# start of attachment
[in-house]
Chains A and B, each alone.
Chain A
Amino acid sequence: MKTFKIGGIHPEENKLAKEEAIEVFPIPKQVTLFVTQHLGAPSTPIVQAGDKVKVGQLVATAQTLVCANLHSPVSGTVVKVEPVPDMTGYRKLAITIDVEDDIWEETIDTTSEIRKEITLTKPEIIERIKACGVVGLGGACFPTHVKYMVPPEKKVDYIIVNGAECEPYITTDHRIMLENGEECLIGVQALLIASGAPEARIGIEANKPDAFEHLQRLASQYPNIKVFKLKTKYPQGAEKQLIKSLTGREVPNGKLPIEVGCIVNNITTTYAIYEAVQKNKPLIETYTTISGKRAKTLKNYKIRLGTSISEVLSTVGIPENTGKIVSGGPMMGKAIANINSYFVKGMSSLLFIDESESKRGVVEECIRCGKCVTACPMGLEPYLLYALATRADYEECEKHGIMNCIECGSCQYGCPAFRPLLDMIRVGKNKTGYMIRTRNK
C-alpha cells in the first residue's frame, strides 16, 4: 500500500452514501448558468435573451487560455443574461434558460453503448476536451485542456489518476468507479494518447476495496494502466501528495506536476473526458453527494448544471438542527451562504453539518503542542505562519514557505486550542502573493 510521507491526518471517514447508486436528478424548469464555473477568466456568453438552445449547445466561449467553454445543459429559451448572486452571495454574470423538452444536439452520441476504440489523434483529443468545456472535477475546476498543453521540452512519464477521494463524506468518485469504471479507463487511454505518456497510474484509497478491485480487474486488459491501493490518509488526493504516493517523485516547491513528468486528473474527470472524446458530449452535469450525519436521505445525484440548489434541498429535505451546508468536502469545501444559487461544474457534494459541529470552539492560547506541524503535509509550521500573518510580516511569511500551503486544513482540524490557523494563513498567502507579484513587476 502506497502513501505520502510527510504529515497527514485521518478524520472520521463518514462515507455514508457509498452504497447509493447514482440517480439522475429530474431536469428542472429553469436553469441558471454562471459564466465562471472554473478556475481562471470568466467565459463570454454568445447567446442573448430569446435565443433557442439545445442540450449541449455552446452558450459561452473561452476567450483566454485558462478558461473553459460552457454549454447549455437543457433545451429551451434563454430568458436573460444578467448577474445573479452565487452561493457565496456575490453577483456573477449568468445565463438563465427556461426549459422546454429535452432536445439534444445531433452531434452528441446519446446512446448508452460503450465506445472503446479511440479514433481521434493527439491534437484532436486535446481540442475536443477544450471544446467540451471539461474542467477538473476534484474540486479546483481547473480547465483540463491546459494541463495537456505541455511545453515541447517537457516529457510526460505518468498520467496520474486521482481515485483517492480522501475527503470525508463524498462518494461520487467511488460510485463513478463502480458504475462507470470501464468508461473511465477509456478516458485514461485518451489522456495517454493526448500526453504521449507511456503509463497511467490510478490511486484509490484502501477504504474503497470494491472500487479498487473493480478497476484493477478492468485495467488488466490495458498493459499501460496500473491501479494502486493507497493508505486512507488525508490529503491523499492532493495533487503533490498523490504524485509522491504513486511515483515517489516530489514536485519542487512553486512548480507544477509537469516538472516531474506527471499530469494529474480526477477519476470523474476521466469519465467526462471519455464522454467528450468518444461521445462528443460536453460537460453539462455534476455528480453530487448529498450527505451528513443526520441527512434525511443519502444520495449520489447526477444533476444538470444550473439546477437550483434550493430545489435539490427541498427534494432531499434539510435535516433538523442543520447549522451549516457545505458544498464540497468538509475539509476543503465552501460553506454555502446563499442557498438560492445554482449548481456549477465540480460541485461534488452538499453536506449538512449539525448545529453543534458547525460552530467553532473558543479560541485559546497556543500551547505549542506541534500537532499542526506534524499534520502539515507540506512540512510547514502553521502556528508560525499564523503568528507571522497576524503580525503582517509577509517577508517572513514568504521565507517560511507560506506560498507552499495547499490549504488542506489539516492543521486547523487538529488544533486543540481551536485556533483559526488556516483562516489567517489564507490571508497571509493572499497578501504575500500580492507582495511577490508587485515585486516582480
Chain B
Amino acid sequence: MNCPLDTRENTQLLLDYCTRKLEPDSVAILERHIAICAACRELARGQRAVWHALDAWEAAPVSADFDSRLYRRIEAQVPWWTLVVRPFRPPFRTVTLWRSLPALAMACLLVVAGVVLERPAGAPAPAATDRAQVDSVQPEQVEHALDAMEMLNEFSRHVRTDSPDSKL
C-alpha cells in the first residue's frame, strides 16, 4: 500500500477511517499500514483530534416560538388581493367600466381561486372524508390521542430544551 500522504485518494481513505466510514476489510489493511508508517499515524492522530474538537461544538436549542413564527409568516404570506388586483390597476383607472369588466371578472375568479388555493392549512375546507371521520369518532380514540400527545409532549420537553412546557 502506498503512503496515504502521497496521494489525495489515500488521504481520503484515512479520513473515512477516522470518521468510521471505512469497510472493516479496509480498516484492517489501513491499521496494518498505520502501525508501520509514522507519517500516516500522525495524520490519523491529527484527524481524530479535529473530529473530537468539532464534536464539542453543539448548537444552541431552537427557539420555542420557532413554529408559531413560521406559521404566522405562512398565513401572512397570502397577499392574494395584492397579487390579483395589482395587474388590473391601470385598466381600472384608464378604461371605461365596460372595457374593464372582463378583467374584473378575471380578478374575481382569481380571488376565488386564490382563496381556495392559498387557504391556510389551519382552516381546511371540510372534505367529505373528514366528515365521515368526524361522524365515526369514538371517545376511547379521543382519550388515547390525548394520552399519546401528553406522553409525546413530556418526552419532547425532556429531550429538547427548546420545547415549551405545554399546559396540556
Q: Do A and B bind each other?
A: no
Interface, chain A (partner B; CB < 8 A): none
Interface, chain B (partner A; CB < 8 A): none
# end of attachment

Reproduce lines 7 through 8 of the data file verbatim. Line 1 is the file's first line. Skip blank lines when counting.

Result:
Amino acid sequence: MNCPLDTRENTQLLLDYCTRKLEPDSVAILERHIAICAACRELARGQRAVWHALDAWEAAPVSADFDSRLYRRIEAQVPWWTLVVRPFRPPFRTVTLWRSLPALAMACLLVVAGVVLERPAGAPAPAATDRAQVDSVQPEQVEHALDAMEMLNEFSRHVRTDSPDSKL
C-alpha cells in the first residue's frame, strides 16, 4: 500500500477511517499500514483530534416560538388581493367600466381561486372524508390521542430544551 500522504485518494481513505466510514476489510489493511508508517499515524492522530474538537461544538436549542413564527409568516404570506388586483390597476383607472369588466371578472375568479388555493392549512375546507371521520369518532380514540400527545409532549420537553412546557 502506498503512503496515504502521497496521494489525495489515500488521504481520503484515512479520513473515512477516522470518521468510521471505512469497510472493516479496509480498516484492517489501513491499521496494518498505520502501525508501520509514522507519517500516516500522525495524520490519523491529527484527524481524530479535529473530529473530537468539532464534536464539542453543539448548537444552541431552537427557539420555542420557532413554529408559531413560521406559521404566522405562512398565513401572512397570502397577499392574494395584492397579487390579483395589482395587474388590473391601470385598466381600472384608464378604461371605461365596460372595457374593464372582463378583467374584473378575471380578478374575481382569481380571488376565488386564490382563496381556495392559498387557504391556510389551519382552516381546511371540510372534505367529505373528514366528515365521515368526524361522524365515526369514538371517545376511547379521543382519550388515547390525548394520552399519546401528553406522553409525546413530556418526552419532547425532556429531550429538547427548546420545547415549551405545554399546559396540556